There is need therefore for organisations to invest in leadership development.


Our focus on leadership development

Our experience at the Pharmanews Centre for Health Care Management Development also confirms these observations and has informed our focus on health care management development as a critical step in advancing the quality of health care service provision in Nigeria. Therefore, we have focused on the following critical areas for intervention:


  • Fostering of system understanding

Here, we seek to help leaders and emerging leaders understand the different aspects of the health care industry – global best practices, financing structures and quality management processes. We understand that good leadersmust understand the global, regional and national environment within which their organisations. This provides the depth required to be able to engage others in achieving the organisational objectives. A good macro-economic perspective would help leaders develop interventions that maximises the best of their resources within the limits of their environment.

  • Development of collaborative partnerships

Characteristics of a manager who is effective at building collaborative relationships include:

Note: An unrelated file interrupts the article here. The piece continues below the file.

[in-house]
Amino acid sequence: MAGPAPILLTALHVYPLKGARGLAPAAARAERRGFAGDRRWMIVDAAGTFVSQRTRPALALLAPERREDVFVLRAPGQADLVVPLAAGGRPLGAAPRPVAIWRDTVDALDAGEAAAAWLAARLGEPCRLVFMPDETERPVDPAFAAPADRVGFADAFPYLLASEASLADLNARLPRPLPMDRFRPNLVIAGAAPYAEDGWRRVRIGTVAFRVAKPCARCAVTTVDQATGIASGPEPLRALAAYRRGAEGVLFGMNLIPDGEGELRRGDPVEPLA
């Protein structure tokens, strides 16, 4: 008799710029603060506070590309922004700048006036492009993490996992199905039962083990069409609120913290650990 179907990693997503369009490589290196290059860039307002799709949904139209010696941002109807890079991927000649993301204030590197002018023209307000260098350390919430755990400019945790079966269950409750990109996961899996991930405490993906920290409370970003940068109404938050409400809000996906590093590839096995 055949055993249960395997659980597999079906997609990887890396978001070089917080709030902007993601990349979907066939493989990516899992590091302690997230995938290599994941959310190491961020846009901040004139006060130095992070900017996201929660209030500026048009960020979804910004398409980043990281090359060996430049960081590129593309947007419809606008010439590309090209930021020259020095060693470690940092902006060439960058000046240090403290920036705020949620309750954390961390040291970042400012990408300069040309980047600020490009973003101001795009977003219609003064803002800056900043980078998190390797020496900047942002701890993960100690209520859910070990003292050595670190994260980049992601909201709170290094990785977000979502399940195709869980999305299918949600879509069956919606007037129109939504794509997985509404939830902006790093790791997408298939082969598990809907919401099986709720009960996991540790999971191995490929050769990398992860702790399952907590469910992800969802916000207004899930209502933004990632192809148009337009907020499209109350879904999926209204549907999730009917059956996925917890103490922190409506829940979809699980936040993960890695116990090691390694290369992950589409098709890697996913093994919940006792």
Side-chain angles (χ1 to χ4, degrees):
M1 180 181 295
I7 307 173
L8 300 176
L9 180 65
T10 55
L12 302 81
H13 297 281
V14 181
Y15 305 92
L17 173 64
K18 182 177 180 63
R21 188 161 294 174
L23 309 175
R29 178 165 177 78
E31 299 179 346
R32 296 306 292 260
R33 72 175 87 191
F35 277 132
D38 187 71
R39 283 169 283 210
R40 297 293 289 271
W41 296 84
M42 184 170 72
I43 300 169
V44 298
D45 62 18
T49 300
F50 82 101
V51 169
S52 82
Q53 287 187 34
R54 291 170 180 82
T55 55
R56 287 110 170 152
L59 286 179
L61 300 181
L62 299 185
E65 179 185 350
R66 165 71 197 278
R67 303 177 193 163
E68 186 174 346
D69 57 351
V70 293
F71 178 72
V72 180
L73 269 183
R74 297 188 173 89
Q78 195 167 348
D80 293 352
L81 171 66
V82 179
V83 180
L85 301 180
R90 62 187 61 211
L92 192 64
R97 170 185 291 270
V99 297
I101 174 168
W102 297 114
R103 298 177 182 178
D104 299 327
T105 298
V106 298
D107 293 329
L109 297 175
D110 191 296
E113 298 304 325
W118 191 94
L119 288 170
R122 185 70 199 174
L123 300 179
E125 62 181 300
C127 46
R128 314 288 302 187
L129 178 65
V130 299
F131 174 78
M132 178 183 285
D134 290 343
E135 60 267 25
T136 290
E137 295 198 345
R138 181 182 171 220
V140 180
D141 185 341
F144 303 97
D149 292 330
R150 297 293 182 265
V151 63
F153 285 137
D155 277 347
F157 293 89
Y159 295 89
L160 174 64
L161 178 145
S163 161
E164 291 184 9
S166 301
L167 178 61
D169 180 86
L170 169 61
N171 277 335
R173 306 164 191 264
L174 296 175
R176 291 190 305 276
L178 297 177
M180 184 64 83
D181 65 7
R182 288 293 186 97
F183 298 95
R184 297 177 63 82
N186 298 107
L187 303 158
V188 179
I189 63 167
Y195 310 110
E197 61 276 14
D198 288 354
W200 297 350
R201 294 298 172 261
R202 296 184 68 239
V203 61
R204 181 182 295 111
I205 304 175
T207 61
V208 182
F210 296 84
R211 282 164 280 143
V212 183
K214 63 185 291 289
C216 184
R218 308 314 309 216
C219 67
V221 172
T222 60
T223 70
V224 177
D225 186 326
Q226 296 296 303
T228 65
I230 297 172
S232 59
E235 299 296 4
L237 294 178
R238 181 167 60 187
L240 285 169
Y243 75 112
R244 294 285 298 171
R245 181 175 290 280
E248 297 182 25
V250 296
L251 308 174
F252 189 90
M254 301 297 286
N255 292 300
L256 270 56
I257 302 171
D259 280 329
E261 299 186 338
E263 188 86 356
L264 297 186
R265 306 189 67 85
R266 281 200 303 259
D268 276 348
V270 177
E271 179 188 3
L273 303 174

• Ability to relate with all kinds of people
  • Ability to treat people fairly
  • Gains support and trust of peers, higher management and customers
  • Uses good timing when negotiating with others
  • Can settle problems internally and externally

We have found these skillset to constitute essential components of the clinical leadership framework. To achieve organisational renewal, today’s leader must be able to enhance collaborative relationships, hold regular meetings, and develop performance standards and feedback processes for managers. They should learn to assign responsibilities, applaud staffers and reward hard work.

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Business financing structures

Nigerian health financing system has been characterised by low government investment, extensive out-of-pocket payments, limited insurance coverage and low donor funding. Thus, achieving effective and successful healthcare financing system has been a major challenge in Nigeria.

Health care leaders need to understand the challenges, the National Health Insurance Scheme, global financing structures, the macroeconomic outlay of the Nigerian economies and the emerging opportunities. These are essential for both private, public and public–private organisations.